“One in nine babies in the state of Tennessee are born prematurely,” said Rosa Potts, executive director of market development for the March of Dimes. “Shelby County gets an ‘F’ for its premature rate, which is 13.1 percent. This is certainly a contributing factor when we talk about the issue of infant mortality. The work that these Zetas do is very important, and they are making a difference, not only in Shelby County, but throughout the nation.”

Sixty-seven percent of women in Tennessee receive prenatal care in their first trimester, but only 50 percent of African-American women do. Mothers who do not seek prenatal care are twice as likely to lose their babies in the first year. An estimated 15 percent of pregnant women in Tennessee smoke during their pregnancy, a critical risk factor for high infant mortality.

“Our infant mortality rate is still extremely high,” said Beverly Anderson, one of the Stork’s Nest facilitators. “Black babies are dying much too young and coming too early in the mother’s pregnancy. We know that our nine-week program is helping to educate young mothers by providing them with information no one has ever shared with them about infant safety. Maintaining a safe and healthy environment in the home so that babies can thrive is vital.”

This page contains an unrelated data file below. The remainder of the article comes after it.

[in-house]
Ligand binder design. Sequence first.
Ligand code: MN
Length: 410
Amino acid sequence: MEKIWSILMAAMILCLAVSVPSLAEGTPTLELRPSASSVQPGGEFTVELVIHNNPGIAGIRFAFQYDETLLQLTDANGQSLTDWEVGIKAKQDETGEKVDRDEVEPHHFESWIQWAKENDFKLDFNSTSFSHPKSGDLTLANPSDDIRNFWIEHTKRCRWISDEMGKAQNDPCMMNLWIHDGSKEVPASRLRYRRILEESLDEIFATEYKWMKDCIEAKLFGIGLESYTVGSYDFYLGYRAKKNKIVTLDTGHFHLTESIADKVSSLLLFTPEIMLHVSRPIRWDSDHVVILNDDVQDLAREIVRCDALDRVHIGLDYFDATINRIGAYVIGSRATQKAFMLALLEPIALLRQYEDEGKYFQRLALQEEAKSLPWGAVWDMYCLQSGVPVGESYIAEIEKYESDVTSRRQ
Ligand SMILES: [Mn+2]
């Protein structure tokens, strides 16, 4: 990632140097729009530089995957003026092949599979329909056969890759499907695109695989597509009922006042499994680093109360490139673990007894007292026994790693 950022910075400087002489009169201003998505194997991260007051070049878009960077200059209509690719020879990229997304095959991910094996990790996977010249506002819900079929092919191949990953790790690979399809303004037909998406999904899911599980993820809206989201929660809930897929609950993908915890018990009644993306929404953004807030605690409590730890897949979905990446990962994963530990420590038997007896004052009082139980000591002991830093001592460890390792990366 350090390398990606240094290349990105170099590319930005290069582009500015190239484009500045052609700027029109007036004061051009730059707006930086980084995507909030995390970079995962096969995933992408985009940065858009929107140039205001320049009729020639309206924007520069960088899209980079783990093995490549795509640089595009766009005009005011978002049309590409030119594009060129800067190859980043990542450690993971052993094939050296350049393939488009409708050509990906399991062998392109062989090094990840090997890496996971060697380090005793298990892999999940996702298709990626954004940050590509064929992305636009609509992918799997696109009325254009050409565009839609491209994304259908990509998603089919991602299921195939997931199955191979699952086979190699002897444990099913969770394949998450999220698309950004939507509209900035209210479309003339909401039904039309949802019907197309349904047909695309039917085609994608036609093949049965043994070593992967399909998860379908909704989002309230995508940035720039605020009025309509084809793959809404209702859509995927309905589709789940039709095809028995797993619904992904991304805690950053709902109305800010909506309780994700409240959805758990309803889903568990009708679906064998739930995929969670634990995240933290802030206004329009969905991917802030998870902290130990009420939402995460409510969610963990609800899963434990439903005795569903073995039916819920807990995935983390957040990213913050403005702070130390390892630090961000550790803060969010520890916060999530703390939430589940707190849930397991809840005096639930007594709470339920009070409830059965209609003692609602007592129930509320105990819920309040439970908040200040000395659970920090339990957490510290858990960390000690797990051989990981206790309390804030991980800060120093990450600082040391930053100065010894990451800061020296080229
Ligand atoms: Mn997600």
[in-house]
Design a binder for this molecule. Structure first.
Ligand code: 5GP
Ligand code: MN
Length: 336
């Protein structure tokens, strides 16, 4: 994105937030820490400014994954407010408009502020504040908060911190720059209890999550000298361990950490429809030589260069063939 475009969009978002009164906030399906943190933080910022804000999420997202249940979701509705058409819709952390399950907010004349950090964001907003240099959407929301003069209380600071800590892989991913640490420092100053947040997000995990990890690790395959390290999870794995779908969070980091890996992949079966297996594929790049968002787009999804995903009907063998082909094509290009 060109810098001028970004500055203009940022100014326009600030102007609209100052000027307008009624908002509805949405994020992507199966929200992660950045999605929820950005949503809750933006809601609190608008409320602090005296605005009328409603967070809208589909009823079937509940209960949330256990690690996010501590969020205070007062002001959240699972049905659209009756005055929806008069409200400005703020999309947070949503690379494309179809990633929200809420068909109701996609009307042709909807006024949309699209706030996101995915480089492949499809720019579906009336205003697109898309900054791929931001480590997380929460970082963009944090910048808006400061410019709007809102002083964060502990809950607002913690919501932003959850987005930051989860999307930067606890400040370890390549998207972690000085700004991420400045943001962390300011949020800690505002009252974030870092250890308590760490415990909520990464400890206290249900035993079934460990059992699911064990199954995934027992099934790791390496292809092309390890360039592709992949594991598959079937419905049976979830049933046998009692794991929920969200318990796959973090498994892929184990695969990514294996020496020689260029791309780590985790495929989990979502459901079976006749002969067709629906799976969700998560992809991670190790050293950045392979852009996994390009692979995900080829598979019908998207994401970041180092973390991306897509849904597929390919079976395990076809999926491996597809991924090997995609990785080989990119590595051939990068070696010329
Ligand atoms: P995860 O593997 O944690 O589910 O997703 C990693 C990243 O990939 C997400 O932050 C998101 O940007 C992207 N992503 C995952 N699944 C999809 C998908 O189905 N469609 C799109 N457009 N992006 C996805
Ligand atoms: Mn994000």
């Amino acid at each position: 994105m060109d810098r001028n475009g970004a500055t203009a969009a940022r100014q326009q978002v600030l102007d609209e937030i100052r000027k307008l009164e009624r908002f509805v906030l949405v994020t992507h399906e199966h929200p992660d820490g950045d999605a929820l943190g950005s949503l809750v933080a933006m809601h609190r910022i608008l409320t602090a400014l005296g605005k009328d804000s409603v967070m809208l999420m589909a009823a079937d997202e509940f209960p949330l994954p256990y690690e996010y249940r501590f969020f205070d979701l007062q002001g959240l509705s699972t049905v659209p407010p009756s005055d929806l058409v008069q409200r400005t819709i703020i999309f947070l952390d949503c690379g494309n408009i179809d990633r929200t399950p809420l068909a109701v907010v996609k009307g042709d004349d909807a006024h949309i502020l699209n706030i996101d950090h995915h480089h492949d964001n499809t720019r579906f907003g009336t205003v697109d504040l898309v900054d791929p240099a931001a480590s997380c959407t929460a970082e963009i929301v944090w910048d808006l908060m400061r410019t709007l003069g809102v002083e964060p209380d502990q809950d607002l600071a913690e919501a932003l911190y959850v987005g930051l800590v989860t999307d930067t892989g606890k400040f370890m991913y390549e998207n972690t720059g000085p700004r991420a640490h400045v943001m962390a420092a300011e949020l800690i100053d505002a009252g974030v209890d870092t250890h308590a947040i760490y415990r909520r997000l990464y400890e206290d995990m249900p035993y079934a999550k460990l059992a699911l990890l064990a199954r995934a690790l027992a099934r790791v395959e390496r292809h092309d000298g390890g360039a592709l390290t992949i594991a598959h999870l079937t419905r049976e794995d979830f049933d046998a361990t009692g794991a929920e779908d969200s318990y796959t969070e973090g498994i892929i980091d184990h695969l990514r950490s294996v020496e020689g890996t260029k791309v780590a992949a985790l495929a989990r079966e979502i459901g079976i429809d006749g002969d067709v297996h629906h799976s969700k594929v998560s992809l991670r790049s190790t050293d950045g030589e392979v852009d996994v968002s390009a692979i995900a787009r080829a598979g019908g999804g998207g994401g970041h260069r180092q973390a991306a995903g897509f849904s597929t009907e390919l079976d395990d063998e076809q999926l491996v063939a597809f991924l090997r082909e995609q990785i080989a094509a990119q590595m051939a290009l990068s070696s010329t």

There are a number of causes of high infant mortality, according to both national and local statistics, including birth defects; premature delivery (generally before 37 weeks); pregnancy complications; Sudden Infant Death Syndrome (SIDS) or Sudden Unexplained Infant Death (SUID); and serious injuries, such as suffocation, which can result from improper bedding or co-sleeping.

Also, certain issues have been identified as risk factors pertaining to infant mortality, such as socioeconomic status; sleep habits of the baby; characteristics of the mother, including age, prenatal care, smoking and general health; and lack of information, or misinformation usually passed down through generations which could be unhealthy.

Stork’s Nest Memphis community relations chair Candice Williams says the Alpha Eta Zeta chapter of the Zeta Phi Beta sorority is firmly committed to improving birth rate statistics in Shelby County.

“The national Stork’s Nest program began in 1971,” Williams said. “Our  chapter established the local program nearly 40 years ago. We relocated to the New Horizon Apartments five years ago.

“The incentives we offer pregnant mothers encourage them to keep doctor’s appointments, attend our prenatal education classes and engage in other healthy pregnancy behaviors, such as eating right and getting exercise.”

The Stork’s Nest conducts eight educational sessions. The ninth session is graduation from the program. The classes deal with the importance of good prenatal care, healthy eating, managing stress, avoiding obstacles to a healthy pregnancy, labor and delivery, and, finally, postpartum care.

The program is available to pregnant women in Memphis and Shelby County, no matter how far along they are in their pregnancy.

For more information on how to sign up for the Stork’s Nest, call (901) 348-9254 or email AHZStorksNest@gmail.com